Did the Indians make a mistake in trading David Murphy?

BY foxsports • August 3, 2015

One of the notable moves the Indians made at this year's non-waiver trade deadline was dealing outfielder David Murphy to the Angels for shortstop prospect Eric Stamets.

While the Indians got quite a return from St. Louis for outfielder Brandon Moss, did they miss the mark in trading Murphy?

Murphy, 33, was batting .296 (.781 OPS) with five home runs and 27 RBI, playing mainly as a left-handed hitter against right-handed pitching.

As a guy with a club-friendly contract having a decent year, fans wonder if the Indians might have been better off just keeping Murphy. However, Paul Hoynes from Cleveland.com explains why that's not the case:

"Murphy was having a good season for the Indians, but when the Indians decided they were out of contention, it was time to look at Tyler Holt and Jerry Sands and give Lonnie Chisenhall one more chance.

The Indians had a club option on Murphy for 2016, but I don't think they were going to exercise it. If the Angels don't pick up the club option, the Indians are on the hook for at least a portion of his $500,000 buyout."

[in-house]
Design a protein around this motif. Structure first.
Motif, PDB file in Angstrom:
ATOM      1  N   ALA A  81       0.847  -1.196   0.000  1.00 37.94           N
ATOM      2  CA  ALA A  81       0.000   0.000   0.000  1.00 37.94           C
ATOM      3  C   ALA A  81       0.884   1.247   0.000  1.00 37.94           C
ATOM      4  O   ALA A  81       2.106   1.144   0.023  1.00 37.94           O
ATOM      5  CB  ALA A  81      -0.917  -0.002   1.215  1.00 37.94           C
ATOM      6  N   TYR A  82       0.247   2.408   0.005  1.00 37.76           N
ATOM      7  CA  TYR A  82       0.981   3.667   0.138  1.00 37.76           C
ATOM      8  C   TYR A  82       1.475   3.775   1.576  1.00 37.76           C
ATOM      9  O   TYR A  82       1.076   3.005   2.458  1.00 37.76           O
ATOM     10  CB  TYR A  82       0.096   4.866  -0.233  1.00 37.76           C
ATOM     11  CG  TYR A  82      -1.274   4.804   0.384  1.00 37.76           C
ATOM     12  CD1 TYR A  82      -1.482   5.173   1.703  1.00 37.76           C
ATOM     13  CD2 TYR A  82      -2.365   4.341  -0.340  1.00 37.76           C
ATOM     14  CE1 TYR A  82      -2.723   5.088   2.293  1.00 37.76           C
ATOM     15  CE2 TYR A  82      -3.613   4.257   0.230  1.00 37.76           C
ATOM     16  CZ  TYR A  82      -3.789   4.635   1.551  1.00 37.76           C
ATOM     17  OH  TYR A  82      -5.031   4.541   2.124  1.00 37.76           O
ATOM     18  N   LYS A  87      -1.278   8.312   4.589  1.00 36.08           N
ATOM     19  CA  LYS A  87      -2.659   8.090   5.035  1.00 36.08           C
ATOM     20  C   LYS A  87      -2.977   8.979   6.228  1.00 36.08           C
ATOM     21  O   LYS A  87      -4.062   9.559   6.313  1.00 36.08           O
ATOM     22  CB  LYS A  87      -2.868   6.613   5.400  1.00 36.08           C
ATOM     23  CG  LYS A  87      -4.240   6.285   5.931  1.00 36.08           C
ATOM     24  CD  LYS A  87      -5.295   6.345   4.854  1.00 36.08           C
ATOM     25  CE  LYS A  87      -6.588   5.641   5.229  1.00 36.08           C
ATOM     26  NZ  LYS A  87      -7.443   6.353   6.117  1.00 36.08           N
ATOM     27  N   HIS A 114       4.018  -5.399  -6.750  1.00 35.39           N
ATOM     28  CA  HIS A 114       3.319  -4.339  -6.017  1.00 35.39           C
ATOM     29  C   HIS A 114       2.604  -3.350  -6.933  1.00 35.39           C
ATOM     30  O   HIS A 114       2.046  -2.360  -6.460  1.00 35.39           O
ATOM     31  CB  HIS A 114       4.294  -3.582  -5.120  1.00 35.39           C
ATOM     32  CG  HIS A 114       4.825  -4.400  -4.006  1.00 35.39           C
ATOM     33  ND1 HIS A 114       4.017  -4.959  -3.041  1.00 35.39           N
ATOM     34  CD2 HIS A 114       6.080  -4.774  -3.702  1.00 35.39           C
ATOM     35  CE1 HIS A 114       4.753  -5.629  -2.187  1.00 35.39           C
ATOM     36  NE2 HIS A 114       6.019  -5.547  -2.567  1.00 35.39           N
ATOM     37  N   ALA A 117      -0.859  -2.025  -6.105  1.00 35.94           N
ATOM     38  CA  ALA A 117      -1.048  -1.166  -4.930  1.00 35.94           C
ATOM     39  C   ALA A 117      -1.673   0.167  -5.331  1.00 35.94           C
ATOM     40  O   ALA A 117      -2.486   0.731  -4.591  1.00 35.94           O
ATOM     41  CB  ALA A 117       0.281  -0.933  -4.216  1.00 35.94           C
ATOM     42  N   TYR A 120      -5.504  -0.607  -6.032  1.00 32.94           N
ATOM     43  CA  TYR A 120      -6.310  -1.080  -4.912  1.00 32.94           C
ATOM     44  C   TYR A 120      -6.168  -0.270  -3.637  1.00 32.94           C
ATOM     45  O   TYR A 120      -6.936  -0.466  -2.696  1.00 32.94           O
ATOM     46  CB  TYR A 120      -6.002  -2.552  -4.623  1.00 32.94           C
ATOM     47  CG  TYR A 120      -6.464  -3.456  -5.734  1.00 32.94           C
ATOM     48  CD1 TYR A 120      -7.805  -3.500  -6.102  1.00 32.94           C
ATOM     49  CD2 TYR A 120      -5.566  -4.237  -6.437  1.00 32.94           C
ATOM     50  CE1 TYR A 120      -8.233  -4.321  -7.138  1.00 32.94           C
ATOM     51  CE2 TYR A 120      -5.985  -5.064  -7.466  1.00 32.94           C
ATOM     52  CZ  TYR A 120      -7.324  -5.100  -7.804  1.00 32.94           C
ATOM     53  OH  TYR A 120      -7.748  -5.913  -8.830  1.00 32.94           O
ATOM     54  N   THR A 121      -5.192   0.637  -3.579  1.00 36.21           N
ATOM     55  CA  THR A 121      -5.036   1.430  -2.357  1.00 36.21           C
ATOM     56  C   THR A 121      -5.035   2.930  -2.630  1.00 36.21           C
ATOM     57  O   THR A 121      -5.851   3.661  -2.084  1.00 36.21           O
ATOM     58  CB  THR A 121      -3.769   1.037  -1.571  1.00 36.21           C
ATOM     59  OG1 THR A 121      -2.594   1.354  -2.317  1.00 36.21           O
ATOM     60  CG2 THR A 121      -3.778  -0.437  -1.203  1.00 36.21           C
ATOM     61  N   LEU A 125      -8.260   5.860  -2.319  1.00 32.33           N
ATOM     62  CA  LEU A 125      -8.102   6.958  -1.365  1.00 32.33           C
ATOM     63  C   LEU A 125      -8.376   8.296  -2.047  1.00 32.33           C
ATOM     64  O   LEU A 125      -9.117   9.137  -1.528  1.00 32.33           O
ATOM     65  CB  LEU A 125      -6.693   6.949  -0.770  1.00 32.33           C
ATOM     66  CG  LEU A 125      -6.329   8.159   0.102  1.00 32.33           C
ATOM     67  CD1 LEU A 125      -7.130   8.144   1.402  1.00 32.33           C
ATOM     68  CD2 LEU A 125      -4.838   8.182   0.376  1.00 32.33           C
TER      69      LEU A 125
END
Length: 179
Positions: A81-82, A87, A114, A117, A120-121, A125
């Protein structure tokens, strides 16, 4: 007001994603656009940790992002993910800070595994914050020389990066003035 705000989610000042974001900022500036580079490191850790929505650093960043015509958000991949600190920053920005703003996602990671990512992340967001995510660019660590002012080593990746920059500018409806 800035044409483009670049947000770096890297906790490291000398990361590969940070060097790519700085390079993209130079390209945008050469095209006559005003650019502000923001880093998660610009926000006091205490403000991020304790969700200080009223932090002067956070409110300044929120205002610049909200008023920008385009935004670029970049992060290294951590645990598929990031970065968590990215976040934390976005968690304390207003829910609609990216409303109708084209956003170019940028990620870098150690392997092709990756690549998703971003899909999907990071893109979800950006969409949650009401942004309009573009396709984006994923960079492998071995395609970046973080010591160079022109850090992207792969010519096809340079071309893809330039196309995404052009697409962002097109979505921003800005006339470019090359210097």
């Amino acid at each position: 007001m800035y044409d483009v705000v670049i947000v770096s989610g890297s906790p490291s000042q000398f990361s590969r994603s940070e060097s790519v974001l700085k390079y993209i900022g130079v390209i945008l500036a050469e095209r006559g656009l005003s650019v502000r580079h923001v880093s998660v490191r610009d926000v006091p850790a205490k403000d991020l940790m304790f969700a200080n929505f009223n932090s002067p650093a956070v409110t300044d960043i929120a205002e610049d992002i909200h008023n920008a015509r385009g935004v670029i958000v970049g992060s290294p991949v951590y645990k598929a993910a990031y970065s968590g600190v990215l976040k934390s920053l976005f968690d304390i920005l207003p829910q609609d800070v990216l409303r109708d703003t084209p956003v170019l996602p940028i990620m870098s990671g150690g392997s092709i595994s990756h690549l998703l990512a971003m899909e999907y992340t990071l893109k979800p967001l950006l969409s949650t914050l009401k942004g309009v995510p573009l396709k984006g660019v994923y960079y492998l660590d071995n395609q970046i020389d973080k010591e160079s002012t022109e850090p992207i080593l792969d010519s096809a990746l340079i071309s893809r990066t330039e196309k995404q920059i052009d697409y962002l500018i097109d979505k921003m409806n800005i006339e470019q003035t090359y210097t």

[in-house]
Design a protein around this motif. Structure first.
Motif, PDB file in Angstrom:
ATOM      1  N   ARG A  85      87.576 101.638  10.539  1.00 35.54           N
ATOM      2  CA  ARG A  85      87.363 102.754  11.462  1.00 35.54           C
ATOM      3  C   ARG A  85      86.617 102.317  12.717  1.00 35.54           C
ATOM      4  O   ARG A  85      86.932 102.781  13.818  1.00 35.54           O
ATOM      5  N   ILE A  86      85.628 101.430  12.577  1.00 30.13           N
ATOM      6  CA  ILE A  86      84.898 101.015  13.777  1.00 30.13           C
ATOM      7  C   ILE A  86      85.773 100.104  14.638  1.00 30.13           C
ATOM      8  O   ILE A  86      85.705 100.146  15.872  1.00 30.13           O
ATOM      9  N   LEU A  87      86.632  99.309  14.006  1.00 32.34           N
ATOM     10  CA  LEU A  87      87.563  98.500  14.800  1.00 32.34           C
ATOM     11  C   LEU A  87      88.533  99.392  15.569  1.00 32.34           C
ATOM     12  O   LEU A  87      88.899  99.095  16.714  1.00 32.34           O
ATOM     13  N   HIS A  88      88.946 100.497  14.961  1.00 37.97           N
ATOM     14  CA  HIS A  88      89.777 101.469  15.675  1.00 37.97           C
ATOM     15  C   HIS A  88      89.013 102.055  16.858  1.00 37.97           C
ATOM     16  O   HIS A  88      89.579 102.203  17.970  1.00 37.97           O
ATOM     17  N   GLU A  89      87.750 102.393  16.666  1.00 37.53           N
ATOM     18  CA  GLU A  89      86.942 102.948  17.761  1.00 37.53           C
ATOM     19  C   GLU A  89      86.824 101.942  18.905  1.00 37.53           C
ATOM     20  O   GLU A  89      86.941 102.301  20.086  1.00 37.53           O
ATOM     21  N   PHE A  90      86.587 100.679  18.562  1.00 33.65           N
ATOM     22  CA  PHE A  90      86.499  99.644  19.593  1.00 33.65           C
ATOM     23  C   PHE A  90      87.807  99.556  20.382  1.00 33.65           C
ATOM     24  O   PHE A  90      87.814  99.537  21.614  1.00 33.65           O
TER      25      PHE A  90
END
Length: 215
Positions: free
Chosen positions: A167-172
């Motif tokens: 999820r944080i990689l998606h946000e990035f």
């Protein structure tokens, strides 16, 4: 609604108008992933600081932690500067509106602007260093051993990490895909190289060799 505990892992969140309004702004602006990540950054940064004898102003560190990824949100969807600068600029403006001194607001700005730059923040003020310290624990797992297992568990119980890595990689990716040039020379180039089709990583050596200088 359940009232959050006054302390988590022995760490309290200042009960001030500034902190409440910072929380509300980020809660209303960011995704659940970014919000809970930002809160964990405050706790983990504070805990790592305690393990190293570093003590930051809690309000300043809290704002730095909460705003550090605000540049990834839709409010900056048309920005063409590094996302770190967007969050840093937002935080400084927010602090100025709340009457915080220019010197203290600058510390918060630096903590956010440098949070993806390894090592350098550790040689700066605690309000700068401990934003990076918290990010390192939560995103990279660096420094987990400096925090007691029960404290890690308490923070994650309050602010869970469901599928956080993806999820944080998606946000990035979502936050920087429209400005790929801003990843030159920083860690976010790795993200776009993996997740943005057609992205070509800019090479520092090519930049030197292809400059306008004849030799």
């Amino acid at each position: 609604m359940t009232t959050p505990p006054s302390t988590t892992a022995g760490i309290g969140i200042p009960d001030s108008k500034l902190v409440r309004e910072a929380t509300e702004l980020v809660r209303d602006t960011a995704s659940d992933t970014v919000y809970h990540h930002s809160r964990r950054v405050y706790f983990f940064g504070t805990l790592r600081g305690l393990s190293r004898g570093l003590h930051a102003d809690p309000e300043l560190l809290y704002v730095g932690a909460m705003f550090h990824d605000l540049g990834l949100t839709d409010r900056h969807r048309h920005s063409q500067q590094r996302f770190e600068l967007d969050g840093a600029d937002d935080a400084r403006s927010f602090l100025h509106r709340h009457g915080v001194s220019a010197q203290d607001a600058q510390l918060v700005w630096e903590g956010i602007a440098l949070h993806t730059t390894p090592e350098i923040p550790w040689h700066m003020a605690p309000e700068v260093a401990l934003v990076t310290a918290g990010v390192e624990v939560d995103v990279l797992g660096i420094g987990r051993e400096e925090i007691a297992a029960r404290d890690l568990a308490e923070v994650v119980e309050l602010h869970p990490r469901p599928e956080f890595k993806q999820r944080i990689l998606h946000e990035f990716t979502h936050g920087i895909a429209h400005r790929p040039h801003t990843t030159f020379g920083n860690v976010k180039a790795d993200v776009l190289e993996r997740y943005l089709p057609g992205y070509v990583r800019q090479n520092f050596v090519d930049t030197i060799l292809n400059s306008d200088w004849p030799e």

While the Indians thought there would be more of a market for Murphy, they didn't receive must interest, according to Cleveland.com.

So the move was actually more of a salary dump, explains Terry Pluto:

"The Angels will pay the rest of Murphy's $6 million salary -- about $3 million. Murphy has a $7 million contract for 2016, with $500,000 guaranteed."

While the Indians may not have received much for Murphy, they did get a young player with upside that makes a lot less money in 24-year-old Stamets.

From Baseball America:

"Stamets has sure hands, good range and an accurate average arm. But his swing is not conducive to doing more than putting the ball in play. ... Stamets ranked 23rd among the Angels' Top 30 Prospects coming into the season. He did not come close to cracking the midseason Top 10. With bottom-of-the-scale power and not enough pop to shoot balls consistently through the infield, Stamets projects more as a potential utility infielder than an everyday regular."

(h/t Cleveland.com)

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